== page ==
Hallmark's Home & Family is usually a source of feel-good footage to start the day right, but former host Mark Steines claims that he was wrongfully terminated by the network for a not-so-good reason. Steines alleges that he lost his job at Home & Family after speaking up and supporting women who made harassment claims about the executive producer of the series. Here's what's happening.
Mark Steines was on board Home & Family's latest incarnation from the time it premiered in 2012 all the way until May 2018, when he was fired with three months still remaining on his contract. According to Mark Steines' lawsuit (via Variety), Hallmark fired him because he was vocal in his complaints about Home & Family's 83-year-old executive producer Woody Fraser. The suit alleges that Fraser had a habit of misogynistic behavior on set of Home & Family, including harassment, abuse, and even in at least one instance, a female employee being forcibly kissed and photographed. Fraser is also accused of hugging and massaging the women at Home & Family without their permission.
Although Mark Steines does not claim that he was harassed by Woody Fraser in any of these ways, he does state that Fraser would make sexual comments about the attractiveness of female guests and what he would like to do with them, all in Steines' earpiece during interviews in front of the camera. Steines states that he would pass staff complaints on to management in the hopes that something would be done about Fraser's behavior, but nothing ever came of the complaints.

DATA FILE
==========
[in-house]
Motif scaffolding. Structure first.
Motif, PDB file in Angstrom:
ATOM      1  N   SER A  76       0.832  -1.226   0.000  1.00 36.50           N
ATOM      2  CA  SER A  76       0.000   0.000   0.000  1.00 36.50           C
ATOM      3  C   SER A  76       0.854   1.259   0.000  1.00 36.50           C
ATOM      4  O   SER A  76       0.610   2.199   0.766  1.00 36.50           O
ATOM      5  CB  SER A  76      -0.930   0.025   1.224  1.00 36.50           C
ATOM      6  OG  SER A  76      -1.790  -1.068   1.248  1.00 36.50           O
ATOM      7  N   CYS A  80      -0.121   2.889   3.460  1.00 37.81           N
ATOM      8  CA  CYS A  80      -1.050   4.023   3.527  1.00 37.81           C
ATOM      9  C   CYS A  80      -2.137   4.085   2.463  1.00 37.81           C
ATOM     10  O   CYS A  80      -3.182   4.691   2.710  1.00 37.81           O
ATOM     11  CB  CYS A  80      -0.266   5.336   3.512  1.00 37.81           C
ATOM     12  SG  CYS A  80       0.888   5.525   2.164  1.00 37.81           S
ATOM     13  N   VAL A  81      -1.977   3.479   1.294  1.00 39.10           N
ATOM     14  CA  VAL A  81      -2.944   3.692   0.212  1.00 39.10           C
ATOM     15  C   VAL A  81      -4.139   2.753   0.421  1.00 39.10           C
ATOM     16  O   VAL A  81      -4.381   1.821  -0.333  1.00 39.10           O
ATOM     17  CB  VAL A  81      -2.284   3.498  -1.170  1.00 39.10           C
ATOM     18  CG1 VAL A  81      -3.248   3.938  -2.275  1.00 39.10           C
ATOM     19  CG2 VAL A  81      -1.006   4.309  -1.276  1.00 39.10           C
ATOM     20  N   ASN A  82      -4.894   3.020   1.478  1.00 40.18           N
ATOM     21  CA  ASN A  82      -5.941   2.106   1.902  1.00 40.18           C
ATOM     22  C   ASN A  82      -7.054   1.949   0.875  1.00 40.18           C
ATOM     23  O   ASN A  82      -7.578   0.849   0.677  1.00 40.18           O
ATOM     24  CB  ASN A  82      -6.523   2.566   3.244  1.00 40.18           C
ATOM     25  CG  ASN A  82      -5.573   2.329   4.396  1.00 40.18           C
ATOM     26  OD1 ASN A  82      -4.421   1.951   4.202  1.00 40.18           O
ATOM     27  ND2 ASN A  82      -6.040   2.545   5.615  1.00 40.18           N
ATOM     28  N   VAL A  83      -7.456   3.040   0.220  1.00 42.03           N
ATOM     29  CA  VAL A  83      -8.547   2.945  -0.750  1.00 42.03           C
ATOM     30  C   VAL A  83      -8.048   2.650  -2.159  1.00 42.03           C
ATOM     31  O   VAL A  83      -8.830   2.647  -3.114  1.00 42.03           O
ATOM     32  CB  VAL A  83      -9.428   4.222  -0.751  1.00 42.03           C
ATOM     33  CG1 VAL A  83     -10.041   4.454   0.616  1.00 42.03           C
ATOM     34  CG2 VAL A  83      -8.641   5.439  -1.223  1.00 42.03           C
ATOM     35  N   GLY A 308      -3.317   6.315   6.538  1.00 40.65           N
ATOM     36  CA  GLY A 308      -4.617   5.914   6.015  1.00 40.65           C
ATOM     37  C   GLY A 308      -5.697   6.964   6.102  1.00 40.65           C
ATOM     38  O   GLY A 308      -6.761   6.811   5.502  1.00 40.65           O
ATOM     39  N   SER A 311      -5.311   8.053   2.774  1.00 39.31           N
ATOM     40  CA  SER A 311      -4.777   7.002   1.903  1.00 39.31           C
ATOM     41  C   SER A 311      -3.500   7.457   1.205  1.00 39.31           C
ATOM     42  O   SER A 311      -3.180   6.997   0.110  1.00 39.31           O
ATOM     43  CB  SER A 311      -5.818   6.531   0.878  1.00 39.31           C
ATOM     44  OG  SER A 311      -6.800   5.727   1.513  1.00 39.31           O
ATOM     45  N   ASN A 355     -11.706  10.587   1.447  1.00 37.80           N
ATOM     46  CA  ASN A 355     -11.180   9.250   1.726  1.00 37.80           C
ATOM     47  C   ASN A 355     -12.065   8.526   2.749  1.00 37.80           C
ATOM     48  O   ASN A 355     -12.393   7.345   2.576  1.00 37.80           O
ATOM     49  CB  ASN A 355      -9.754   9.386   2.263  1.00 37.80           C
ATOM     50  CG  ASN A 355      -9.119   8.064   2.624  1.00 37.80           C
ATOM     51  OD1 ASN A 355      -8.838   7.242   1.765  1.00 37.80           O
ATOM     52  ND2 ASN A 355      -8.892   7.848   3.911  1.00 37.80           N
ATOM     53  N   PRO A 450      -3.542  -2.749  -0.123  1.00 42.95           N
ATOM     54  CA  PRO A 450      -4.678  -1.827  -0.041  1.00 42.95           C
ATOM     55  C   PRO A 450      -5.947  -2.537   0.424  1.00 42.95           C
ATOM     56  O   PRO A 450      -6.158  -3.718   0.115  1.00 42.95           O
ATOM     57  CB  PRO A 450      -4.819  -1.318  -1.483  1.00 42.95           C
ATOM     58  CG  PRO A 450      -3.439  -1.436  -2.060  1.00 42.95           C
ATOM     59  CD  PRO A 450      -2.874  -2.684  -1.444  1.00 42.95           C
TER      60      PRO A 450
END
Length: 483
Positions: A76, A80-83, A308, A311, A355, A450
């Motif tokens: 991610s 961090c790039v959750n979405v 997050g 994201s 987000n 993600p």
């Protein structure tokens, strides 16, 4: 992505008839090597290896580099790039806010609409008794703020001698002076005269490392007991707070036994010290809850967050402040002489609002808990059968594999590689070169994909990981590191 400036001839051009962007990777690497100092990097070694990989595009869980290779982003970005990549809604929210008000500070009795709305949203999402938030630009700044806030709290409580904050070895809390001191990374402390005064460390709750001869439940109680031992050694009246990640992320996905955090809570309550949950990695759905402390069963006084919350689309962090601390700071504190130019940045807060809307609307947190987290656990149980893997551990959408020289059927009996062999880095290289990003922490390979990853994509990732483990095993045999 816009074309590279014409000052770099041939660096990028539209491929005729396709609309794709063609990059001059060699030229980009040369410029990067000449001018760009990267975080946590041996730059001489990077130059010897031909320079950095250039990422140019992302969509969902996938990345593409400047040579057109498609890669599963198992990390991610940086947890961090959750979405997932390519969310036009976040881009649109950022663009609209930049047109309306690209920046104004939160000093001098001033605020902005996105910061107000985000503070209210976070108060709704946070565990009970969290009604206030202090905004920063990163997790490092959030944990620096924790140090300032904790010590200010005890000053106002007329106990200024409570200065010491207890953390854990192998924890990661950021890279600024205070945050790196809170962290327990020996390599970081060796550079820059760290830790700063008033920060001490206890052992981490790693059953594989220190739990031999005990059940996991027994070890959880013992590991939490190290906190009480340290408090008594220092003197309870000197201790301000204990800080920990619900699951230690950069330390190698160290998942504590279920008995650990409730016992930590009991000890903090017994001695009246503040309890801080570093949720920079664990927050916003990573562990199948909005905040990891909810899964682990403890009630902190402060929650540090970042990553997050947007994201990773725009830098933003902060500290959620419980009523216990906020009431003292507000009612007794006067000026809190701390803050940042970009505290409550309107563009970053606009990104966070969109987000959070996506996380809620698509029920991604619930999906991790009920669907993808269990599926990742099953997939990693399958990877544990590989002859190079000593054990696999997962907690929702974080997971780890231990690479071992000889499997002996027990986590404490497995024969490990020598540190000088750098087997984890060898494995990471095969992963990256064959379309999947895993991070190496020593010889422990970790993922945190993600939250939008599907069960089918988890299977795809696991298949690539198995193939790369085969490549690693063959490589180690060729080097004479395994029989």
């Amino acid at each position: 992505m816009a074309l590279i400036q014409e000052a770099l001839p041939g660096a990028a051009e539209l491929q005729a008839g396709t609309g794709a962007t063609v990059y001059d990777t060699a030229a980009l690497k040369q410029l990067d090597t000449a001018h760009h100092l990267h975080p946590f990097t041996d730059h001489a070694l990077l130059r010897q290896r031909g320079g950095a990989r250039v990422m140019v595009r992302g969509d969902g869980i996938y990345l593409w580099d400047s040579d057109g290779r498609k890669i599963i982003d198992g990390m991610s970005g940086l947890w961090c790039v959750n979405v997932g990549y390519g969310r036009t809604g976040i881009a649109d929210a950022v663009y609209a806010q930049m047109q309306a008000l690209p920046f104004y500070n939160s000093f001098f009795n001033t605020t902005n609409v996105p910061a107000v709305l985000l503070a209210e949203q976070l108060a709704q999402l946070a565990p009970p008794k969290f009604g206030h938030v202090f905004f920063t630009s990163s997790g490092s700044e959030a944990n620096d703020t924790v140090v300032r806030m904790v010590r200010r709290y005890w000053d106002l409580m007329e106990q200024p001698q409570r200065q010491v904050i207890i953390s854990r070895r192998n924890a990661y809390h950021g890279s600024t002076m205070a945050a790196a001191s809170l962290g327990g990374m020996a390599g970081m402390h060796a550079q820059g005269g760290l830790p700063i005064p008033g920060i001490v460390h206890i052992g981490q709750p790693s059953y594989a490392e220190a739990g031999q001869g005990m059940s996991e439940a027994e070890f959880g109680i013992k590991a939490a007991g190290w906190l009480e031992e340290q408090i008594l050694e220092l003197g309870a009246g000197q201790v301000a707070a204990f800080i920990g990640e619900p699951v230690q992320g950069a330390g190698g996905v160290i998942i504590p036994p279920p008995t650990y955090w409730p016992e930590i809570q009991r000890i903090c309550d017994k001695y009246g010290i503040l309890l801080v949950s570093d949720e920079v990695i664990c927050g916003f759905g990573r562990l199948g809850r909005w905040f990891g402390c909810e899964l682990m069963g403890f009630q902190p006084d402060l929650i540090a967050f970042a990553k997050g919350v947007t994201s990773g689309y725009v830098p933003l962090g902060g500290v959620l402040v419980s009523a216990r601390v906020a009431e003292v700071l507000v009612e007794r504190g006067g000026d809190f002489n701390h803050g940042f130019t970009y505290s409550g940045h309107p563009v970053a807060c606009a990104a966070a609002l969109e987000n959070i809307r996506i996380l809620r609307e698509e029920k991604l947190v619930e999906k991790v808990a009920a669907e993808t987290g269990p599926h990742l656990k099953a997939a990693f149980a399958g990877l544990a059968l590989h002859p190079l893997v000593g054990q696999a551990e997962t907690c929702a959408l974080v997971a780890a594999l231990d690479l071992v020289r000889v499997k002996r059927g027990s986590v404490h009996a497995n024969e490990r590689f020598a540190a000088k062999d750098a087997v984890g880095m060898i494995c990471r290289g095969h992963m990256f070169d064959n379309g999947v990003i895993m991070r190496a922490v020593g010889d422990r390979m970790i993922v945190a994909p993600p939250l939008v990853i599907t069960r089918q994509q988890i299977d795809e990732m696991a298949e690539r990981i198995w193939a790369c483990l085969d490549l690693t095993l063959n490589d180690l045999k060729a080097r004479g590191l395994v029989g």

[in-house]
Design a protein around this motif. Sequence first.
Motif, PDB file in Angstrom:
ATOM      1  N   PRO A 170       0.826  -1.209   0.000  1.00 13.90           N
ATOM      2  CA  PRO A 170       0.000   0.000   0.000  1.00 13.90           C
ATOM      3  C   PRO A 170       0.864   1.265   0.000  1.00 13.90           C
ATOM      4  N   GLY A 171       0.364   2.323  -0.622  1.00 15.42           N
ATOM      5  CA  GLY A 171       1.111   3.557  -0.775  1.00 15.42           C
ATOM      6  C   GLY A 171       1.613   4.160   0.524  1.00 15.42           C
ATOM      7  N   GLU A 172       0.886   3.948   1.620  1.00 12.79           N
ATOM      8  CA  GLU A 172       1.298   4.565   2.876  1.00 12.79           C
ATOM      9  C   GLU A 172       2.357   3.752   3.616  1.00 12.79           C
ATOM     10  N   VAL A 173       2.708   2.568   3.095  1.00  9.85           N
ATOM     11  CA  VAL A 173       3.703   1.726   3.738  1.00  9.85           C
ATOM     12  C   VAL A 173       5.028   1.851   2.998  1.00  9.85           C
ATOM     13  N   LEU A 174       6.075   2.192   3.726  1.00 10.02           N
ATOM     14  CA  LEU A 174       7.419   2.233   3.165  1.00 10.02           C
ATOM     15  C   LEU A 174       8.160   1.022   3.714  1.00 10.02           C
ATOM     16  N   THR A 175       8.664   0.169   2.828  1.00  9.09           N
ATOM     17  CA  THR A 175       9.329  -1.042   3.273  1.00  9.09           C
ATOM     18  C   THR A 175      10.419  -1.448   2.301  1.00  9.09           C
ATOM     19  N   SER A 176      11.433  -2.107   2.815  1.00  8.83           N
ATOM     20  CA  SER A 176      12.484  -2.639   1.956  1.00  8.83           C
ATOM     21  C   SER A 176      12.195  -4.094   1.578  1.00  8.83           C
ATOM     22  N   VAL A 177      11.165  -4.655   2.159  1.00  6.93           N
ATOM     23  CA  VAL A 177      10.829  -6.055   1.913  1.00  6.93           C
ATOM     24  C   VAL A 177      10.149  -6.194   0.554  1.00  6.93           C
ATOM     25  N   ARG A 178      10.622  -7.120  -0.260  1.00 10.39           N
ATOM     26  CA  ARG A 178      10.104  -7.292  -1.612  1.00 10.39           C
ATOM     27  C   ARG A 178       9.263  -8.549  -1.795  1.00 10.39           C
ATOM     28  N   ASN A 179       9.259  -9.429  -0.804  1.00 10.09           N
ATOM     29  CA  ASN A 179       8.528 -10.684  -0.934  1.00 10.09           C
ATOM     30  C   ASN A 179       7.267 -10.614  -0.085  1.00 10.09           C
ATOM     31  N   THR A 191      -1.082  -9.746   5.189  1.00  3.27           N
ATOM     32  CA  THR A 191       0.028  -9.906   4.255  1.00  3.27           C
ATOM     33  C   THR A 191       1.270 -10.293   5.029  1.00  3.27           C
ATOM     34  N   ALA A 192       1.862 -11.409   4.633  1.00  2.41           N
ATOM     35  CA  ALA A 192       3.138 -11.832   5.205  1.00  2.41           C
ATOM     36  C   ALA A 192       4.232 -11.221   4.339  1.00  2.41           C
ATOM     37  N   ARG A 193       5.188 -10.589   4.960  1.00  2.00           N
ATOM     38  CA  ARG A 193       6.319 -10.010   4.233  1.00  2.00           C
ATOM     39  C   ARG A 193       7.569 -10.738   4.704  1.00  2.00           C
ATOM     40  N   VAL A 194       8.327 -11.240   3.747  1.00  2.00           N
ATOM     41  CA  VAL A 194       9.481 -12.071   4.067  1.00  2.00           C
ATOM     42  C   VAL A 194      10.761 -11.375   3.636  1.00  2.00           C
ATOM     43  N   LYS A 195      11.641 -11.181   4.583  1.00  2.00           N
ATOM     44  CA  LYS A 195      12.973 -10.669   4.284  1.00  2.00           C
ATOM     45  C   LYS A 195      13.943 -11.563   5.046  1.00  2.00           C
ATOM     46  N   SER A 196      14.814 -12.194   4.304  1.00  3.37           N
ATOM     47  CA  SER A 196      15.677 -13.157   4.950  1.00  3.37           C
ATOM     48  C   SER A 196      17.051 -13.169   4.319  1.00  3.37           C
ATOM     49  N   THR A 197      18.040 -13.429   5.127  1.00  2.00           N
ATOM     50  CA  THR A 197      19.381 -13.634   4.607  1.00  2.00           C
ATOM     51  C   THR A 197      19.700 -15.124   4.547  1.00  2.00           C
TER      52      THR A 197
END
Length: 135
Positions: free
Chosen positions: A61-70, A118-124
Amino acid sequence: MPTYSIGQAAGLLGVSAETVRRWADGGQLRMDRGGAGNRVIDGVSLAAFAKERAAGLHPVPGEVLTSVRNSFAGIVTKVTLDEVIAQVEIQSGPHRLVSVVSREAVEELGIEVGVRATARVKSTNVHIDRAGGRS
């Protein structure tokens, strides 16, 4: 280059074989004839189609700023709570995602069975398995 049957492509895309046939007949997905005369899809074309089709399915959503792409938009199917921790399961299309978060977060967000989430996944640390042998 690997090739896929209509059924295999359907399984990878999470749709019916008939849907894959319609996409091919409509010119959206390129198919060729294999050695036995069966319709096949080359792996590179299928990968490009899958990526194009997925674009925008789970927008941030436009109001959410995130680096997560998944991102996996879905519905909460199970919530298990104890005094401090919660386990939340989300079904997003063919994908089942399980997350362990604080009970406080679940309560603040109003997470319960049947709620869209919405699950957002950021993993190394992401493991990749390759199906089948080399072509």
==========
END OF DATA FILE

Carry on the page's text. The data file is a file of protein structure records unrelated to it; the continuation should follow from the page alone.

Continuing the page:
Then, back in spring 2017, attorney Lisa Bloom was hired by two employees to raise a sexual harassment case on their behalf. The lawsuit from Mark Steines alleges that his salary was cut by 25% for Season 6 of Home & Family before being sacked in May because of his cooperation with Bloom and his willingness to service as a witness in the two employees' case. According to Steines, Hallmark exec Michelle Vicary told Steines that she was mad about his behavior, and his salary cut followed months later. In the lawsuit, Mark Steines is suing for wrongful termination and retaliation.
For his part, Woody Fraser denied the allegations before they were even announced the the general public, claiming that the women who had hired Lisa Bloom were asking for a large sum of money or else the allegations would be made public. Claiming that he did "not possess the financial resources demanded by Ms. Bloom to prevent a media circus," Fraser got ahead of the situation with a denial. It's worth noting that Fraser was a mentor to Roger Ailes many years ago, and Ailes famously resigned from Fox News after harassment claims agains him.
Only time will tell whether or not Mark Steines lawsuit against Hallmark yields what he's looking for. This is hardly the first time in the past year that a TV network was rocked by allegations against a notable figure for harassment, and we'll have to wait and see how Hallmark handles the situation. In the meantime, you can find plenty of shows to pass the days now that fall TV premiere season is upon us.
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Laura turned a lifelong love of television into a valid reason to write and think about TV on a daily basis. She's not a doctor, lawyer, or detective, but watches a lot of them in primetime. Resident of One Chicago, the galaxy far, far away, and Northeast Ohio. Will not time travel and can cite multiple TV shows to explain why. She does, however, want to believe that she can sneak references to The X-Files into daily conversation (and author bios).